The Veil: a Non-Muslim Feminist Perspective
Well, everyone knows what Jack straw thinks about women wearing the veil, so I thought I’d share my thoughts.
Whilst I understand and accept that people like to wear various apparel to show an allegiance to the particular religion they subscribe to, the wearing of the veil overspills the religious and even the cultural arena. The veil demands of a woman an extreme form of modesty which both isolates and subjugates her. Anything that does this to women, be it in the name of religion, culture, or whatever else, is wrong.
It subjugates because one of the many things a veil does is put the responsibility for controlling male sexual desire squarely on a woman’s shoulders. She must cover-up or risk being sexually harassed or raped. But it is not woman’s responsibility to control male sexual desire. How long have feminists fought the damaging idea that if a woman wears a short skirt that she is “asking for it”. As a feminist, I’m not going to turn a blind eye to such a misogynistic view just because some ancient belief system is involved. And I never bought into cultural relativism even before I knew what that term meant.
The veil also physically restricts the woman. How does she go swimming? Or attend a gym? Or ride a bike? How many times is she denied the pleasure of feeling the sun on her skin? Or the friendly smiles of strangers, both to give and receive? How hard is interaction with other women, never mind other men, outside her social circle? How many casual conversation is she denied in waiting rooms, libraries, bus stops, or anywhere else that humanity gathers? How many jobs can’t she do? How many careers can she not follow? Just how small does that small piece of cloth make her world?
And if the above seems insignificant to you, then just imagine this being asked of men. Imagine it being asked of you.
And I don’t for one minute assume that all women who wear the veil, in this country or elsewhere, are made to do it by men. I know the veil is increasingly becoming a thing of choice for women in this country at least. This is because there is much currency to be found in her immediate and perhaps wider community for doing so. And what is the market for this currency? It is a market that trades in the value of women as wife and mothers, and in her rejection of the world outside of this. She is rewarded for squeezing her existence into the tiniest and tidiest image of what a woman should be, and for her rejection of idependence, individualism and freedom of choice.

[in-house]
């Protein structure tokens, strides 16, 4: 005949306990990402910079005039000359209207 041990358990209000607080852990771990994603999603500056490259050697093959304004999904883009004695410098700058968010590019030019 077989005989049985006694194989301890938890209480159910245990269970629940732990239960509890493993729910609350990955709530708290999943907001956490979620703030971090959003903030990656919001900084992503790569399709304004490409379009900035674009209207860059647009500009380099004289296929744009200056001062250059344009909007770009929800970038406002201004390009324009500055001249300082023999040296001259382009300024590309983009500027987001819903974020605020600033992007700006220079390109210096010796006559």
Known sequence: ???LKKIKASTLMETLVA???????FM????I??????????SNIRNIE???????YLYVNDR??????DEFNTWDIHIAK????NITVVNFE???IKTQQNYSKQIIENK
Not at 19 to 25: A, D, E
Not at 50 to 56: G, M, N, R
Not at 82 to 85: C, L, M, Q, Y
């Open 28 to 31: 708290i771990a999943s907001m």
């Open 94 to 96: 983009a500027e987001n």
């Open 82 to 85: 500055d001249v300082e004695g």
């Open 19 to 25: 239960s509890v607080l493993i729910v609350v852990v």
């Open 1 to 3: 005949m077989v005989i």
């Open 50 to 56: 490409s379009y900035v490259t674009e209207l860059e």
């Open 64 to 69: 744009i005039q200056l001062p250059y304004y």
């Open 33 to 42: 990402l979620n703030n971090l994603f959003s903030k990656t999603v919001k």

I find such a market as unpalatable as the market that trades in women’s flesh and immodesty. The women who buy into this extreme form of modesty are at the opposite end of the scale to the women who get their tits out for the lads. The Page Three Girl and the Burka wearing Muslim may be at opposite ends of the scale, but they have something in common. Both rely wholly on the approval and the mercy of men for their existence. I suggest that either place is not a healthy place to be.
Which makes me ask why this issue was not raised by one such as Clare Short. She, and other high profile women, spoke out against the issue of soft porn in our papers and how this degrades women twenty or so years ago. Where are these voices now? Why isn’t the cultural habit for woman to obliterate their form and turn themselves into non-beings on our streets, as repellent as the cultural habit for women to expose every aspect of their body and being in our newspapers? Why are we struggling to see this as a feminist issue?
And above all, should our media not be finding the time to talk to as many Muslims who are anti-veil as they are talking to Muslims who are pro-veil? Because coming through once again loud and clear is the voice of the regressive over the progressive.
And unfortunately I’m also hearing the voice of the racist who sees this issue as yet another chance for a bit of Muslim bashing. I desperately hope I haven’t come across as a Muslim basher here. It is precisely because I don’t see a dividing barrier between myself and Muslim women that makes me want to speak out.
This article first appeared at Drink-Soaked Trots and is published here by permission.